The former LandMark Hotel/Casino in Las Vegas was constructed in 1961 by MacDonald Engineering as a subcontractor, utilizing Macdonald’s concept of slip form concrete construction to build the 31 story reinforced steel tower.[8]

The technique was introduced to residential and commercial buildings in the late 1960s.[2] One of Its first uses in high-rise buildings in the United States was on the shear wall supported apartment building at Turk & Eddy Streets in San Francisco, CA, in 1962, built by the San Francisco office of Macdonald Engineering. The first notable use of the method in a residential/retail business was the Skylon Tower in Niagara Falls, Ontario, which was completed in 1965. Another unusual structure was the tapered buttress structures for the Sheraton Waikiki Hotel in Honolulu, Hawaii, in 1969. Another shear wall supported structure was the Casa Del Mar Condominium on Key Biscayne, Miami, FL in 1970.

From the 1950s, the vertical technique was adapted to mining head frames, ventilation structures, below grade shaft lining, and coal train loading silos; theme and communication tower construction; high rise office building cores; shear wall supported apartment buildings; tapered stacks and hydro intake structures, etc. It is used for structures which would otherwise not be possible, such as the separate legs of the Troll A deep sea oil drilling platform which stands on the sea floor in water about 1000 feet (300 m) deep, has an overall height of 472 meters (1,549 ft), weighs 656,000 tons, and has the distinction of being the tallest structure ever moved (towed) by mankind.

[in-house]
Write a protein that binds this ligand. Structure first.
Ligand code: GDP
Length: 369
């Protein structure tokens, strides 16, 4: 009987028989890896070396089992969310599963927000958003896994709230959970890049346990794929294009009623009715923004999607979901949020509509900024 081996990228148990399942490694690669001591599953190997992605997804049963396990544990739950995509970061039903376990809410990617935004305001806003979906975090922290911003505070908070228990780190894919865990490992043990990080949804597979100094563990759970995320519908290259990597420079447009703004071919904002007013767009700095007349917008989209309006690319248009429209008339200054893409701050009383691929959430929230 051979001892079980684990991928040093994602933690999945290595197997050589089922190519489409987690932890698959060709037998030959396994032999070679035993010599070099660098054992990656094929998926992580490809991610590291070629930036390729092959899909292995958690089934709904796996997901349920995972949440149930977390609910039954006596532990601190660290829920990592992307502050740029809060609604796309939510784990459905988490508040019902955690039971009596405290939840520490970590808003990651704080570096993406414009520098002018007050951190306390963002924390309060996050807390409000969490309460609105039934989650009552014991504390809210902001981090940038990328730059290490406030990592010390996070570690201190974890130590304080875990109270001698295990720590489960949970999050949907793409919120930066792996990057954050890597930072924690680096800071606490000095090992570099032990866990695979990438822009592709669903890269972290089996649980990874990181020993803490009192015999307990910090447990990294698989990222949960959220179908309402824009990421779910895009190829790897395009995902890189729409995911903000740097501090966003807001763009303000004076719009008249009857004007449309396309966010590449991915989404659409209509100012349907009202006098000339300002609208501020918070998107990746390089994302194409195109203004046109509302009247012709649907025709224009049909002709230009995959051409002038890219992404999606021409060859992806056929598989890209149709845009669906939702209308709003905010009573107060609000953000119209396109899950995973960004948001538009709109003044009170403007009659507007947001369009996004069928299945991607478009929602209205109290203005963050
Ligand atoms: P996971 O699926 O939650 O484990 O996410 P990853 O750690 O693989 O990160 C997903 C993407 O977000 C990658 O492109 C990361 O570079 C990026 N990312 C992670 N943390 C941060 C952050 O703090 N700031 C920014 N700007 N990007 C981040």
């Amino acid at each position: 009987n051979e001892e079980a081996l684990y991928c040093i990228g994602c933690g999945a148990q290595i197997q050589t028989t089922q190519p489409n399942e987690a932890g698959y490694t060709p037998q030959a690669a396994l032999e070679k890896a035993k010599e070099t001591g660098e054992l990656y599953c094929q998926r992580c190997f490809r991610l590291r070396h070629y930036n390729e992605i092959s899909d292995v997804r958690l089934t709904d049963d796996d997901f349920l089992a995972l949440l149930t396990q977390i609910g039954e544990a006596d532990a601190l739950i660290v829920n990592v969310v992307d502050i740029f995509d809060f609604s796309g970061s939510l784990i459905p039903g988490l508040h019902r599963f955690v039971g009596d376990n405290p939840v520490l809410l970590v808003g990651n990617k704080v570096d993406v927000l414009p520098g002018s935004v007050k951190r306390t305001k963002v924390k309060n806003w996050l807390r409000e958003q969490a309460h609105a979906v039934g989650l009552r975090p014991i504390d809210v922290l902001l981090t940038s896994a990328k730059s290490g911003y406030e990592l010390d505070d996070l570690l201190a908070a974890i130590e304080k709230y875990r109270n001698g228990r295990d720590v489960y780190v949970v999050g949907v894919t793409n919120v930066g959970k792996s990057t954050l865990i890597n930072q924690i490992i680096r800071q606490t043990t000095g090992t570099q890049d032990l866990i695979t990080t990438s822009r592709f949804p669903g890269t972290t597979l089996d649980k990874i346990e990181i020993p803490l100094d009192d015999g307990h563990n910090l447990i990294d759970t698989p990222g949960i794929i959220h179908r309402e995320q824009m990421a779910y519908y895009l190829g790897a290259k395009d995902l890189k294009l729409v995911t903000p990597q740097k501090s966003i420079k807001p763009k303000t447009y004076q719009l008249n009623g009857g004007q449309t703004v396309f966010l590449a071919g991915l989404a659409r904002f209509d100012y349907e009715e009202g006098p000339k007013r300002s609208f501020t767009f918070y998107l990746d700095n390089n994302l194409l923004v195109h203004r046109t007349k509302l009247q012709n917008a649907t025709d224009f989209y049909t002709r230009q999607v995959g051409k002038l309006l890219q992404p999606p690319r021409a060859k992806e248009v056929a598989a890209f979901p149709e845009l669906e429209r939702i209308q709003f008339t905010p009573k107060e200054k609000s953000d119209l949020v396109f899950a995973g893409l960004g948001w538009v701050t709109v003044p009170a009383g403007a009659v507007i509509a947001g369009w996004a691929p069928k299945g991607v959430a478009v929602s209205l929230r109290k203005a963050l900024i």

In addition to the typical silos and shear walls and cores in buildings, the system is used for lining underground shafts and surge tanks in hydroelectric generating facilities. The technique was utilized to build the Inco Superstack in Sudbury, Ontario, and the CN Tower in Toronto. In 2010, the technique was used to build the core of the supertall Shard London Bridge tower in London, England.


  1. Nawy, Concrete Construction Engineering Handbook, 2008, p. 10—33.
  2. "'Slip Forming' Technique Introduced in Baltimore." Washington Post. May 1, 1971.
  3. Nawy, Concrete Construction Engineering Handbook, 2008, p. 10—34.
  4. “The Design Of Walls, Bins, And Grain Elevators”. By Milo Smith Ketchum, The Engineering News Publishing Co.,1907, page 294.
  5. James MacDonald - “Moving Forms for Reinforced Concrete Storage Bins.” Proceedings of the Seventh Annual Convention Held at N.Y., N.Y. Volume 7, By National Association of Cement Users (U.S.). December 12–20, 1910. page 554.
  6. Official gazette of the United States Patent Office, By United States. Patent Office Volume CCXXXVII. April 24, 1917, page 943.
  7. The Concrete Microwave Towers of AT&T's First Transcontinental Radio Route>
  8. Construction of tower for the LandMark Hotel/Casino, Las Vegas


  • Nawy, Edward G. Concrete Construction Engineering Handbook. New York: CRC Press, 2008.